After a swift changeover, Nelson came on stage 20 minutes earlier than advertised, which I hope inconvenienced nobody, to allow them to play a full set. They appeared to make a false start as only one twin, bassist Matthew, seemed to be on stage with a long-haired bunch of sidemen playing a Cheap Trick-like opener ‘Hello Hello’, but he stopped the show and on rushed brother Gunnar, with slightly longer hair, and the song gave way to one of the sure-fire classics from Nelson’s first album ‘After The Rain’ in ‘I Can Hardly Wait’.
The two brothers ooze charisma with their easy patter and toothy smiles, which in another world might have been put to use persuading a congregation in Middle America to hand all their money to God. They said they made no apology for being criticised for smiling too much at their only other UK appearance at Firefest in 2010, leaving me to make a mental note to check whether I had been the critic in question.
That set revolved largely around the first album, but on this occasion it was very varied: for every favourite like ‘More Than Ever’ with the crowd singing the ‘yeah yeah yeah yeah’ refrain on the chorus, there were different songs like the countryish ‘Silver Nickels and Golden Dimes’, written by Howard Stern apparently, and a new song in ‘1000 Wild Horses’ Which was in similar mould, plus a song from the band Matthew has with guitarist JJ Farris, which did little for me.
However two of their own originals from later albums were highly impressive- should have been hit ‘Girl Like That’ had fantastic summery harmonies and ‘Ghostdance’, with a catchy chant, had a little more guitar crunch.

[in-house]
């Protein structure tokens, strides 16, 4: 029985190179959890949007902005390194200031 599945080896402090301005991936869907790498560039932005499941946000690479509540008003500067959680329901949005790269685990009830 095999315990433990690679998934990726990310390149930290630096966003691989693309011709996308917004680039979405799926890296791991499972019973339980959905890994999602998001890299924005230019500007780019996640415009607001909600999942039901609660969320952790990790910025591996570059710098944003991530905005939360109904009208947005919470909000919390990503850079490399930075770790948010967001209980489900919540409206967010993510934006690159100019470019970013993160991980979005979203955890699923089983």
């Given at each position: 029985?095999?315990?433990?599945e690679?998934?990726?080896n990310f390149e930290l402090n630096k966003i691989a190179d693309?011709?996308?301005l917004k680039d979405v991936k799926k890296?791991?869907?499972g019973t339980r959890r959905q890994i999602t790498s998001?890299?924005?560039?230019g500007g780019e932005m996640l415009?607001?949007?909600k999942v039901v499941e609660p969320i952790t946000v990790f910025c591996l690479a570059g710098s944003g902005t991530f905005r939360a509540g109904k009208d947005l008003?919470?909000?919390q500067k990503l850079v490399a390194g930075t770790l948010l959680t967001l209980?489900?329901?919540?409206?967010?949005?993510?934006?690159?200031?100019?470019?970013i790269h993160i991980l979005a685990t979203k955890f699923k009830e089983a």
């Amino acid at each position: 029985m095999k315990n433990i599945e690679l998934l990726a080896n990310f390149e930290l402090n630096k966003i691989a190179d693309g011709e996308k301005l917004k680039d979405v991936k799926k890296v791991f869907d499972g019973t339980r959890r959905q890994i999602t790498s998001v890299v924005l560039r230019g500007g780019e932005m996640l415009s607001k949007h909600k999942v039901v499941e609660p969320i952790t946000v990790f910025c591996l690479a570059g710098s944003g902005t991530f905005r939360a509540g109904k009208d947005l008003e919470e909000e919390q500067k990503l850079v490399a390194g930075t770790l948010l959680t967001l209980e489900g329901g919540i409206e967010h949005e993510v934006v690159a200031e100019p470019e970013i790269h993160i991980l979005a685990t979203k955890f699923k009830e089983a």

In a mid set acoustic interlude which showed off their instinctive harmonising, the twins played the classic first album ballad ‘Only Time Will Tell’ together with ‘Cross My Broken Heart’ (it was good to see the underrated sophomore ‘Because They Can’ album acknowledged) and ‘Keep One Heart’. Their self-deprecating humour was also tickled by spotting a group of fans sporting long blonde wigs in homage to their look back in the day.
After an introduction when one of the twins said many people had latched onto its positive musical message, the classic ‘After The Rain’ took the atmosphere to new heights, usual roles being slightly reversed with Matthew the primary vocalist and Gunnar pulling rank on the other two lead guitarists with the solo.
‘You’re All I Need Tonight’ excelled as it went on, though oddly their last studio album ‘Peace’ was ignored completely. However they still diverted into other areas- one of father Ricky’s old songs, ‘Garden Party’ was surprisingly enjoyable with its catchy ‘You can’t please everyone so you’ve gotta please yourself’ chorus.
In contrast though my palm was in my face when guitarist Scotty Brancher was allowed to play and sing ‘Whole Lotta Love’, suggesting they hadn’t been following the Rockingham do’s and don’ts that had been circulating on Facebook before the festival, including that Led Zeppelin and other staple covers were a turn off for this discerning audience.